Bans on mining activities stripped from salmon initiative; still a lot left
Alaska’s supreme court ruled on the state’s challenge to Ballot Measure 1, the salmon initiative, stripping some sections but allowing the bulk of the measure to appear before voters in November elections. The justices took out sections effectively banning large mines – the initiative is mainly aimed at blocking Pebble – but what is left creates a lot of problems for construction affecting water bodies. Some of the largest impacts will be on state highway projects, which are often in valleys near streams. “Stand for Alaska,” a pro-development group, will continue to campaign for defeat of the proposal by voters. Stand for Salmon, supporting the proposal, will campaign for it.
What’s left in the salmon initiative?
In its decision on the salmon ballot measure the state supreme court removed sections from proposed Ballot Measure 1 (the initiative) that would have effectively blocked large-scale mining projects, including bans on storage and disposal of mine tailings, diversion of streams and a prohibition against activities causing “substantial” or permanent damage to streams. What remains, however, is a new permit procedure replacing the current Title VI habitat permits for projects built along rivers, streams and adjacent wetlands.
A presumption that most water bodies in the state are anadromous, or supporting migrating fish, is also approved. Currently the state Dept. Of Fish and Game conducts surveys of rivers and streams and compiles a list of anadromous streams. Stand for Salmon argues this is inadequate and that because of constraints in the fish and game department budget only half the salmon-bearing streams in the state are on the list. The ballot proposition flips this, so that all water bodies are presumed anadromous unless proven not to be. The burden of proving that a water body does not support anadromous fish, however, falls on whoever proposes an activity, who would bear the cost of field tests required. Most of the impacts of the ballot measure, if it were to be passed by voters, would be on the state Department of Transportation and Public Facilities, which does construction and major maintenance on roads and highway near rivers and streams.
Salmon measure proponents feel court left its objectives intact
Stand for Salmon, meanwhile, feels the supreme court left its key objective intact, mainly a higher regard for fish habitat in the state’s permitting system along with explicit standards for protection of streams set out in state law. Those include maintaining water quality and temperature in anadromous streams; maintaining an adequate flow of water; protecting waters and wetlands that connect with anadromous streams; ensuring the stability of banks along streams and water bodies, and ensuring the diversity of aquatic habitat supporting streams.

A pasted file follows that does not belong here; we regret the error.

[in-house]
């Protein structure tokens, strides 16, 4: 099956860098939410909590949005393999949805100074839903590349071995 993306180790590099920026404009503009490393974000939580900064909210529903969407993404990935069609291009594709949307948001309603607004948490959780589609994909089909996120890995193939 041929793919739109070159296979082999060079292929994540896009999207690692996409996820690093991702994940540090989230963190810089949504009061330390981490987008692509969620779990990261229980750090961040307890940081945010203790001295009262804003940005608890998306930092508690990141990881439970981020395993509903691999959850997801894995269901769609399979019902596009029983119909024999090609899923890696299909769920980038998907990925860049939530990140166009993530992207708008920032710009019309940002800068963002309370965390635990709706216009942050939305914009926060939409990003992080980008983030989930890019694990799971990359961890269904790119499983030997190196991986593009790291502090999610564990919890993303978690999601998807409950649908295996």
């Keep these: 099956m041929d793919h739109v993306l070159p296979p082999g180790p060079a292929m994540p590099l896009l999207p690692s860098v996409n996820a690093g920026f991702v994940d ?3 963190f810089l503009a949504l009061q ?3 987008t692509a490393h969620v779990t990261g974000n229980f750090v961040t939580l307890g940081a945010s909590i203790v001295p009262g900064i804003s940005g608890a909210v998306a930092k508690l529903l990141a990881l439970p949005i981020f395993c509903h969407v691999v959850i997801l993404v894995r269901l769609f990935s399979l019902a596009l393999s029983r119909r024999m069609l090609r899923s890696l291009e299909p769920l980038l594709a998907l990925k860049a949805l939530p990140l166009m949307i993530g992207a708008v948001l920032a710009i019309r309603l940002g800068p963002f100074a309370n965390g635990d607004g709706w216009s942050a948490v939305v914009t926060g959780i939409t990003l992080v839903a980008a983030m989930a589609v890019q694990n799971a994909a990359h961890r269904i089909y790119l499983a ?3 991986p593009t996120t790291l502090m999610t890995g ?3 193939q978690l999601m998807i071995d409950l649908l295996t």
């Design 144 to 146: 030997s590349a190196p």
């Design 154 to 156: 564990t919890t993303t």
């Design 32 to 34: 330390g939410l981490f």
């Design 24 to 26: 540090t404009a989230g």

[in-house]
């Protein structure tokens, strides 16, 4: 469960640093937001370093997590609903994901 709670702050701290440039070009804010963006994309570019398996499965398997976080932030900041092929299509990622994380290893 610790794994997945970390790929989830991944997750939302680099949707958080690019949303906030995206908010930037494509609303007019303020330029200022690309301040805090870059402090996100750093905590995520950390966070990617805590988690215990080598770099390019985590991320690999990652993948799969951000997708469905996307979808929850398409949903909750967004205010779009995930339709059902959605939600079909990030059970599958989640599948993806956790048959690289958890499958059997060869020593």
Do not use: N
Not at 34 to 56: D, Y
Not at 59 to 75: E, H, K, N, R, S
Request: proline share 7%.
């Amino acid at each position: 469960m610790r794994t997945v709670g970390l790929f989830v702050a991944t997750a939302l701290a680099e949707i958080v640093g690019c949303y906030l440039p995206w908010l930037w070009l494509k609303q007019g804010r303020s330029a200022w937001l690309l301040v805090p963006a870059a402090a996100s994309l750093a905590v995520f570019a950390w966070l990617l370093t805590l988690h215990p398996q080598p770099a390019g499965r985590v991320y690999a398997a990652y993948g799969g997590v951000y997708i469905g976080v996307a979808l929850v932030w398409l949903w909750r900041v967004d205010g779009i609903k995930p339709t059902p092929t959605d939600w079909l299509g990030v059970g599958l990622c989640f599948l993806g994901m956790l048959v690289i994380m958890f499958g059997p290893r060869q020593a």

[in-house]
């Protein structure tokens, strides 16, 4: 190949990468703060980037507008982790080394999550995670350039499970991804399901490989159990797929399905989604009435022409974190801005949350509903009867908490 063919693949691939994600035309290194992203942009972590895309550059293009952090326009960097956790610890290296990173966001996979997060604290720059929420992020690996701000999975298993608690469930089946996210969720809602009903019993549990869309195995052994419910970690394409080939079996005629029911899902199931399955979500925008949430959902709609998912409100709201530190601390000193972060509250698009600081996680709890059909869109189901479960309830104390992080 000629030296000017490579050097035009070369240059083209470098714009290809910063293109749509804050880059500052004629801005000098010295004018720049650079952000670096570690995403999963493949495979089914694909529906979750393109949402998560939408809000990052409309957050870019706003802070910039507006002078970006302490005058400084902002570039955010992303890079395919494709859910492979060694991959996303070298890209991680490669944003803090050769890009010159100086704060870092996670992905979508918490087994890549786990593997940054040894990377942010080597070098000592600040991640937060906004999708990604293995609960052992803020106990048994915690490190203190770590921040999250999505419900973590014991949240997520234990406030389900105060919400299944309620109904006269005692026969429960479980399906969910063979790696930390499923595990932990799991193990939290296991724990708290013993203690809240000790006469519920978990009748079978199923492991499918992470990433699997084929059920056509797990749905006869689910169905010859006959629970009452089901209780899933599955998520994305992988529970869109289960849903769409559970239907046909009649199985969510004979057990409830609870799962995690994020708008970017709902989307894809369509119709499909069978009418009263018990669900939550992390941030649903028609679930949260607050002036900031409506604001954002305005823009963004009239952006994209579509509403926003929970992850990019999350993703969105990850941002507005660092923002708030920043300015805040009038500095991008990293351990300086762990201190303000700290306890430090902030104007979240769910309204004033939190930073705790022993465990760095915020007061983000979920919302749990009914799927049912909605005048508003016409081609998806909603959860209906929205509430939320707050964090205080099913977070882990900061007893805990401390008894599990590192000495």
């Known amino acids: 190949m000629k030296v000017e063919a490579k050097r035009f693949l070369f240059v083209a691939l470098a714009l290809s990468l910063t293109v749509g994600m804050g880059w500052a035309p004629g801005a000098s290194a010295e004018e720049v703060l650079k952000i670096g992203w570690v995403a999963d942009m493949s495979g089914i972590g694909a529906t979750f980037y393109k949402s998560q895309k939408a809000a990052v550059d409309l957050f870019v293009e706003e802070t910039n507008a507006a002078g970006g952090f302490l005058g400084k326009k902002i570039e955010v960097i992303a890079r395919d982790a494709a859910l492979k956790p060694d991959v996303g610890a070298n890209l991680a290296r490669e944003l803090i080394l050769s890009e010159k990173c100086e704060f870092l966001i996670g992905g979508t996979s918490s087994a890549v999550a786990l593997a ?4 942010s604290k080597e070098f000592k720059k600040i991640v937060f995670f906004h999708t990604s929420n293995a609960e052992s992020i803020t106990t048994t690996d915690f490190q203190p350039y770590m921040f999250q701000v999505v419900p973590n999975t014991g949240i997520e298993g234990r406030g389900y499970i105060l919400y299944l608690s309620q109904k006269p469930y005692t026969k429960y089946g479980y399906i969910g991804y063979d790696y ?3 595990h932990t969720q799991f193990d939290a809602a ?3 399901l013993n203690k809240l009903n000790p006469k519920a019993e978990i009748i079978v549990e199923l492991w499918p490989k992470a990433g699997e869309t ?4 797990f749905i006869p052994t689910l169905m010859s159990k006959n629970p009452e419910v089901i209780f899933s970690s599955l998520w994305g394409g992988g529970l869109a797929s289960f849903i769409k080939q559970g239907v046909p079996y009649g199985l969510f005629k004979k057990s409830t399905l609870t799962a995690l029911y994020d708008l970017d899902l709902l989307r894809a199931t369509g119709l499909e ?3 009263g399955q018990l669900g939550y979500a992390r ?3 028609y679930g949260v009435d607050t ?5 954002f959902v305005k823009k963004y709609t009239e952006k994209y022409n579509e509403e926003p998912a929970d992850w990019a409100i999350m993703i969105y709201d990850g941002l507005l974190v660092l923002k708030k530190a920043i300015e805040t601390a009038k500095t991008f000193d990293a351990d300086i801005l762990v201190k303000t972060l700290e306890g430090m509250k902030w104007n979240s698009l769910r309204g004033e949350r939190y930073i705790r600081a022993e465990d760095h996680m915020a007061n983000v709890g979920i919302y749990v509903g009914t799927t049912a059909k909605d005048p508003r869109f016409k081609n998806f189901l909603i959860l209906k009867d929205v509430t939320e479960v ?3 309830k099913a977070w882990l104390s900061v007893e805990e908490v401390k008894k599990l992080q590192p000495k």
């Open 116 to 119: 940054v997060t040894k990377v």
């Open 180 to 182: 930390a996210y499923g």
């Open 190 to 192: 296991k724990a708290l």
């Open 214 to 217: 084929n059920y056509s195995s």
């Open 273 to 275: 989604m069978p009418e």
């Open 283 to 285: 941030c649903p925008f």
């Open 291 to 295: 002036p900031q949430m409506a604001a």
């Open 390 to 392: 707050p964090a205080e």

The group opposing Ballot Measure 1, Stand for Alaska, said the modified initiative leaves the new permit system intact and contains terms that are vague and that will have to be clarified by regulation, which themselves may be contested in court. The new “major anadromous fish habitat permit” would replace the fairly simple stream-crossing permits now issued by the state Dept. of Fish and Game with a new system of “major” and “minor” permits for crossings or activities that affect streams or water bodies. There is also a provision for “minor” permits, for more routine activities along streams.
Key terms in ballot measure are vague, requiring regulations
What constitutes a major vs. minor permit, however, is unclear in the ballot language and would have to be spelled out in regulations, but a key concern for development groups is that the major permits would require an analysis of alternatives, a kind of mini-Environmental Impact Statement. The Commissioner of Fish and Game’s decision in approving a major permit would be subject to appeals.
Donlin Gold federal permits okayed
The U.S. Army Corps of Engineers and U.S. Bureau of Land Management approved a Record of Decision on the big Donlin Gold project near the Kuskokwim River west of Anchorage. Major federal permits for the mine were issued by the corps and a pipeline right-of-way lease was approved by the BLM. The pipeline will bring natural gas from Cook Inlet to the mine.
Barrick Gold and NovaGold Resources, the mine owners, said they will now update an economic feasibility study. A decision to build the mine would likely be made in 2019. If built, the project would employ 3,000 in construction and create about 1,500 operations jobs, the Army corps said. Calista Corp. is the owner of subsurface resource rights while surface lands are owned by The Kuskokwim Corp., a consortium of village corporations in the region.
Fort Knox mine expansion kicks off
Kinross Gold held its official groundbreaking Aug. 15 for the expansion of the Fort Knox gold mine, extending the mine life to at least 2030. The state’s Alaska Mental Health Trust, the landowner at the mine, will receive additional revenue because of the expansion, and already has received more than $24 million from Fort Knox. The trust supports mental health programs. The mine expansion required transferring the 709-acre Gilmore parcel, adjacent to the existing mine, from the federal government to state ownership. Fort Knox employs about 630 people.